01/24/2013 03:35 pm ET Updated Mar 26, 2013

The Affordable Care Act: What to Expect in 2013

The Affordable Care Act (ACA), crafted in large part by corporate stakeholders who are themselves responsible for the high costs of U.S. health care, is more secure with President Obama's win. But regrettably, the law will fail to control costs or prices, will not provide universal access to care, and at best will provide low value, high premium "insurance" that will still make essential health care unaffordable for many millions of patients and families.

The ACA's fundamental flaw is that it props up an inefficient and exploitative private health insurance industry while not recognizing that deregulated markets can't fix systemic problems of access, costs, quality, equity, accountability and sustainability.

President Obama has gained an impressive victory, and Democrats have held control of the Senate. Most importantly, corporate money, power, lies and deception on the right have not prevailed. But of course, the Republican-controlled House is likely to bring continued political gridlock. Overemphasis on austerity and deficit control threaten Medicare, Medicaid and safety net programs.

Going forward, we can expect to see wild battles across the health care landscape, including these examples:

  • Continued mergers among the major players, including insurance companies, hospital systems, medical groups and others, which will end up increasing costs and prices while limiting patients' choices of physician and hospital.
  • Continued lobbying by the insurance industry to mold accountable care organizations and insurance exchanges in their interests (i.e. cherry pick enrollees and pass along sicker patients to public programs).
  • Further privatization and exploitation of Medicare and Medicaid.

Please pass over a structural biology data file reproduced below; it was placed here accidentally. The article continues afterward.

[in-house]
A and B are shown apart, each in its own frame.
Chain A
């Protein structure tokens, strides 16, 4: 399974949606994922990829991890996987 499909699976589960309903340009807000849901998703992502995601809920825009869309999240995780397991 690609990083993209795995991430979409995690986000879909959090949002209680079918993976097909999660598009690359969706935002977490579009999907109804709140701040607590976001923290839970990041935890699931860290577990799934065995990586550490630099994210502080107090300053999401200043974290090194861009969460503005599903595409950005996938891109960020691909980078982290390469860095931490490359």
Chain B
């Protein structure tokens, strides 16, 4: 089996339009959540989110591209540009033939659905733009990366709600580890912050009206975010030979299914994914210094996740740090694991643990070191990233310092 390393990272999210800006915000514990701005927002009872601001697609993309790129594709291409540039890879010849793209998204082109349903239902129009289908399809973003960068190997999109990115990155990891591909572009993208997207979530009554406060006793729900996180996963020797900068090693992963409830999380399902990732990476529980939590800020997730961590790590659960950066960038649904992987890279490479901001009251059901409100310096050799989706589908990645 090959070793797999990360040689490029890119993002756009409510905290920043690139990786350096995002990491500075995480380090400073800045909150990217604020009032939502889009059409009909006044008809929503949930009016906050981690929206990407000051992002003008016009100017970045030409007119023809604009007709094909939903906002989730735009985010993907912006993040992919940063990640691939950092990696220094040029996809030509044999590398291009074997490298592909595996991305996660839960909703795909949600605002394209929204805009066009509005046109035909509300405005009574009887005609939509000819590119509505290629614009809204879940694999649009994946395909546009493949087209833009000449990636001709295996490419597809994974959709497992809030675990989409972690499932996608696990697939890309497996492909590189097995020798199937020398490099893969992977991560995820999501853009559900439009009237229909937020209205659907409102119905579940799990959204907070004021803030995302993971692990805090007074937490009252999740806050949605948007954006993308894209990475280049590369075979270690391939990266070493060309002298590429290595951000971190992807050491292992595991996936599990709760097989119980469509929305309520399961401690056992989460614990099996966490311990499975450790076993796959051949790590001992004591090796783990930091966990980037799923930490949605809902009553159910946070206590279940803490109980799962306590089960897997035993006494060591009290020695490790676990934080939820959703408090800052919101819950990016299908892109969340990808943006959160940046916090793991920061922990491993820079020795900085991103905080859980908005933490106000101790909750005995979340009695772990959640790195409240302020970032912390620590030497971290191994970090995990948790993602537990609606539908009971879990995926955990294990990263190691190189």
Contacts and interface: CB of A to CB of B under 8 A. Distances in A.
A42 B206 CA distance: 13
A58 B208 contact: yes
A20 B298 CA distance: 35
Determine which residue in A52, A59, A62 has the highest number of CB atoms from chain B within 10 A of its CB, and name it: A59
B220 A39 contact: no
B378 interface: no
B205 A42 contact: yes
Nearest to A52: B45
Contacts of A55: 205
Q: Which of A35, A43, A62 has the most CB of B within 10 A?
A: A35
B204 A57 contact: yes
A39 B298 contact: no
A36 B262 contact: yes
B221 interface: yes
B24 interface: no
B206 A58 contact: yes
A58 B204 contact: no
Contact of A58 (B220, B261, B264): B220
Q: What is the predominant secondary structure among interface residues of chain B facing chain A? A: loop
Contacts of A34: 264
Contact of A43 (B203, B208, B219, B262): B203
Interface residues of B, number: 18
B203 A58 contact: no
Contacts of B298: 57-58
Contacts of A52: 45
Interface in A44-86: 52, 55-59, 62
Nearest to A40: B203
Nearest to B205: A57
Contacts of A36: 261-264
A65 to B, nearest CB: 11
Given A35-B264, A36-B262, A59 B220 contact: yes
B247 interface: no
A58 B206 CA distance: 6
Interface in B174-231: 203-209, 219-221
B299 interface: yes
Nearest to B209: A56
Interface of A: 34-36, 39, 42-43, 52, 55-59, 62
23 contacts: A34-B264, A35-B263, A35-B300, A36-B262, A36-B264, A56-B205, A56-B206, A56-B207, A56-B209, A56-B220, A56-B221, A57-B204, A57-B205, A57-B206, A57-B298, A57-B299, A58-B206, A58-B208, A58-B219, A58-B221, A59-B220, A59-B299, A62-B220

• Efforts by insurers to limit definitions of minimal essential benefits.
  • Further fragmentation and increasing bureaucracy of our market-based health care system with worse health outcomes.

Under this onslaught, the ACA will not hold up. Health care reform needs to be more progressive than how it ended up with the ACA. The only real fix for our problems is single-payer, improved Medicare for All, a proposal introduced by Rep. John Conyers (D-MI) (H.R. 676), coupled with a private delivery system.

Health care is just one more example of the 99/1 percent challenge facing the country. These are some of the directions that we, the citizens of this great country, can take in restoring hope that all Americans can gain their rightful access to the health care that they deserve:

  • Speaking out, individually and collectively, at community, state and federal levels to expose the abuses and cruelty of what passes for health care in its under-regulated state.
  • Fighting for a defined benefit program that covers all Americans in a single risk pool with full choice of physicians, other health professionals and institutions. (H.R. 676)
  • Supporting efforts at the state level for single-payer financing in the event that reform may first need to be demonstrated at the state level before a national program can be passed by Congress.
  • Pushing for a more responsible government oversight of health care at state and federal levels to oversee health care, including an independent, well funded national institute to deal with coverage and cost-effectiveness issues on the basis of scientific evidence, not upon which profit-based interest group can scream the loudest.
  • Supporting and participating in divestiture efforts against abusive insurers and other stakeholders in the health care marketplace.

Despite what we are being told by politicians on both sides of the aisle, our deregulated health care marketplace is not sustainable, and there is no real fix short of single-payer financing reform coupled with a more accountable private delivery system.

Other advanced nations around the world learned many years ago that one or another form of public financing is fundamental to a good health care system. The U.S. remains an outlier among these nations in having the most expensive system that still does not provide universal access to essential health care -- even at that we have variable quality and worse outcomes. It is long overdue to learn from the experience of other countries that have coped more successfully with the same health policy issues that we face in this country.

John Geyman, M.D. is professor emeritus of Family Medicine at the University of Washington, author of Health Care Wars: How Market Ideology and Corporate Power Are Killing Americans, past president of Physicians for a National Health Program (PNHP), and a member of the Institute of Medicine.